Adele is a depressed woman who practically has her son taking care of her. Henry is a devoted kid in that transitional coming of age phase, needing guidance. He can’t be everything for his mother, no matter how wise beyond his years he is or how much he does. Frank is what you’d call a charming gentleman criminal who shows up in the right place at the right time to save the day. Things are too conveniently concocted in this story to the point that’s impossible not to cringe when approached by such ludicrousness, yet some filmmaking magic manages take a hold of these ingredients and blend them in with stylistic beauty and an irresistible tension that latches onto your senses and doesn’t let go until the book-ended epilogue.
The film in fact has a narrator in adult Henry, played by Tobey Maguire, whose voiceover isn’t as intrusive and on the nose as one would expect by such material but actually a nice tracker of the film’s emotional arcs. This is Henry’s story after all and everything is seen through his eyes. So it’s inevitable that conflict is bound to arise when the seed of doubt about Frank’s intentions finds its way inside the boy’s mind, with a little help from the colorful advice of a new young girl in town who promptly becomes Henry’s first crush. Despite the News on TV reveal that Frank has been convicted for murder, he claims he’s never hurt anyone or at least not intentionally.
Truth is that aside from a couple of moments of tension when a nosy neighbor and a friend pay Adele and Henry an unexpected visit, Frank is simply a delight to have around. He cleans, cooks, fixes many broken things in the neglected house, teaches Henry how to throw and hit a baseball like a pro and most of all he bakes the most amazing peach pie you’ll ever taste. The scene where he shows off his culinary ability has such sensual undertones that you could argue he’s teaching Henry more than just how to bake the perfect crust.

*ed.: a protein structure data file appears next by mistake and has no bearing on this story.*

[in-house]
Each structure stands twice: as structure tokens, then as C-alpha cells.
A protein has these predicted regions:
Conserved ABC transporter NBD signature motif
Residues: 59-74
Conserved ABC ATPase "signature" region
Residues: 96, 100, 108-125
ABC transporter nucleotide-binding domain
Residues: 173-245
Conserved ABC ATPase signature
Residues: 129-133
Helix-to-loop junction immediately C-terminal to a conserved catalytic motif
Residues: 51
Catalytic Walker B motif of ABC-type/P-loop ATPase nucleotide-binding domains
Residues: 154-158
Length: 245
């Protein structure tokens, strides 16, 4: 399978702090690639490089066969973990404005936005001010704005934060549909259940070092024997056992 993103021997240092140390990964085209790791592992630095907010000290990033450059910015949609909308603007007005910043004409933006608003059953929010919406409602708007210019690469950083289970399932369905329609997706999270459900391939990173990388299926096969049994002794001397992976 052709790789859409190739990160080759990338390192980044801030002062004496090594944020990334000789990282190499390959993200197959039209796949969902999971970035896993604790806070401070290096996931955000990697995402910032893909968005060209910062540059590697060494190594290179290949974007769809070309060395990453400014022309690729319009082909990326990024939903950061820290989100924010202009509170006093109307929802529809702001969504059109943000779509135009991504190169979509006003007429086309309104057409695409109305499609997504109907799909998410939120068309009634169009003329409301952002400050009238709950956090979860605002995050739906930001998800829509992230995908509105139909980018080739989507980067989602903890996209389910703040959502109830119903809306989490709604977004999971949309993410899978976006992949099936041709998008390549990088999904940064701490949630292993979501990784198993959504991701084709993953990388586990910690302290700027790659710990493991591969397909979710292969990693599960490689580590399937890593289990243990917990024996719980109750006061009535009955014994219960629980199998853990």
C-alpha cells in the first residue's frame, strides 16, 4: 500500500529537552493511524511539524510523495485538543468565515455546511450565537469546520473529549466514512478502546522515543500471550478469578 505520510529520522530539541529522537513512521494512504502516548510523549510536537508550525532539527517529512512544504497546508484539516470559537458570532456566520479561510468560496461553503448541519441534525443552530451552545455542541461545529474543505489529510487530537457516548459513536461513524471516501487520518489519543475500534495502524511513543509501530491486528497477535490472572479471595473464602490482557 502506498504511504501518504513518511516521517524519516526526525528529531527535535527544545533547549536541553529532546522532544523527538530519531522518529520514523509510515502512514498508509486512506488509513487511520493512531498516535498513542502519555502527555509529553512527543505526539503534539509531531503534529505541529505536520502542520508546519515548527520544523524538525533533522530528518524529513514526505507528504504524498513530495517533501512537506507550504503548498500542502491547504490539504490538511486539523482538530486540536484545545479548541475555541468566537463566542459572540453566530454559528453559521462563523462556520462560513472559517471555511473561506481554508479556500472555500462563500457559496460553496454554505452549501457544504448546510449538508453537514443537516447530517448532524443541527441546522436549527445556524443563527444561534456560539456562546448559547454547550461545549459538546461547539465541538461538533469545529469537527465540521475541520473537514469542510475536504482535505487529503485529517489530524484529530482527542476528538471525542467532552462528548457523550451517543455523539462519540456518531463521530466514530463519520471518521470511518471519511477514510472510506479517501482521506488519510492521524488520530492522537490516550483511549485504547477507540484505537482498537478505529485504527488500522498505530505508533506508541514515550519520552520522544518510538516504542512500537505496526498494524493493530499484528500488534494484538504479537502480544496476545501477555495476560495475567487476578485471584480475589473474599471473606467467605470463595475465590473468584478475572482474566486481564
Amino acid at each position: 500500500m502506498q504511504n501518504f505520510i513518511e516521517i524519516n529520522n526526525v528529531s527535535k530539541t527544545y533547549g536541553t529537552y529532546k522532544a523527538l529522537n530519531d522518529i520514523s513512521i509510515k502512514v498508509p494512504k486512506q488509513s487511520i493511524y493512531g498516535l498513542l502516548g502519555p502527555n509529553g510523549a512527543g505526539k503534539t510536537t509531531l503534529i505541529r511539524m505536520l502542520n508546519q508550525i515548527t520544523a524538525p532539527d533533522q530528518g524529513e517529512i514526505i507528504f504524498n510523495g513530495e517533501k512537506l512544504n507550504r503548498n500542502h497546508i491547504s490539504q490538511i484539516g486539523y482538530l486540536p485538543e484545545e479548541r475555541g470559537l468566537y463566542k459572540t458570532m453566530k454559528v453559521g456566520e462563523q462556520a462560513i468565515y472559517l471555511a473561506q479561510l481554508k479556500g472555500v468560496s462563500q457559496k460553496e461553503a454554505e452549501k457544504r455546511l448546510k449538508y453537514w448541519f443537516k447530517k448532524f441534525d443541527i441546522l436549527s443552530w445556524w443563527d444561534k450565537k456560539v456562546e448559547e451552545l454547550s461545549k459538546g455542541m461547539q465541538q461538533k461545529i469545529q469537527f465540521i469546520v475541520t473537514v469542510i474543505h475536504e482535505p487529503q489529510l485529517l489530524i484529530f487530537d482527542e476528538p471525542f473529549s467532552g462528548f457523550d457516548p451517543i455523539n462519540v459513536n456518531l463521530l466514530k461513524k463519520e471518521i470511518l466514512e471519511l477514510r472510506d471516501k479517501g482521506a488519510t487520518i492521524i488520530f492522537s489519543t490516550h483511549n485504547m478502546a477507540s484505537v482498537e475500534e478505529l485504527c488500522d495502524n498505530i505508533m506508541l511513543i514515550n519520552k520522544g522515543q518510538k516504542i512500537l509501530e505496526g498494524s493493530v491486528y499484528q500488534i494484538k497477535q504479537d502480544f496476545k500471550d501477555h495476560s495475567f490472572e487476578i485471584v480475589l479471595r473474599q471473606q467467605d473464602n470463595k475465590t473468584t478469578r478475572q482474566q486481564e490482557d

It’s brilliant to witness the level of Jason Reitman’s craft in taking something that could’ve been just another Nicholas Sparks-esque kind of story and turn it into a compelling and entertaining piece of cinema that feels right out of the 80s not just for the impeccable production design and the gorgeous cinematography reproducing the era but simply through the rhythm of its storytelling. Aided by a wonderful cast with perfect chemistry, the film flows smoothly over the three days weekend, builds palpable tension through performances, editing and an understated score, and keeps you guessing until the very end.
Both Winslet and Brolin are pitch-perfect at harboring secrets that diligent and recurring flashbacks will bring to the surface along the way, one piece at a time and masterfully showing their characters’ evolution as they spend these few days together. Gattlin Griffith is one young thespian to watch as he plays Henry’s pre-teen innocence, curiosity and confusion with commendable and nonchalant realism, finding perfect timing with both his adult co-stars. Reitman continues an interesting path in his filmmaking career with a movie that some may find frustratingly silly but I believe to be quite ingenious at the way he manipulates the audience’s emotions with its old fashion lyrical beauty.
Labor Day is out in UK cinemas on Friday, March 21st
Francesco Cerniglia – Film Editor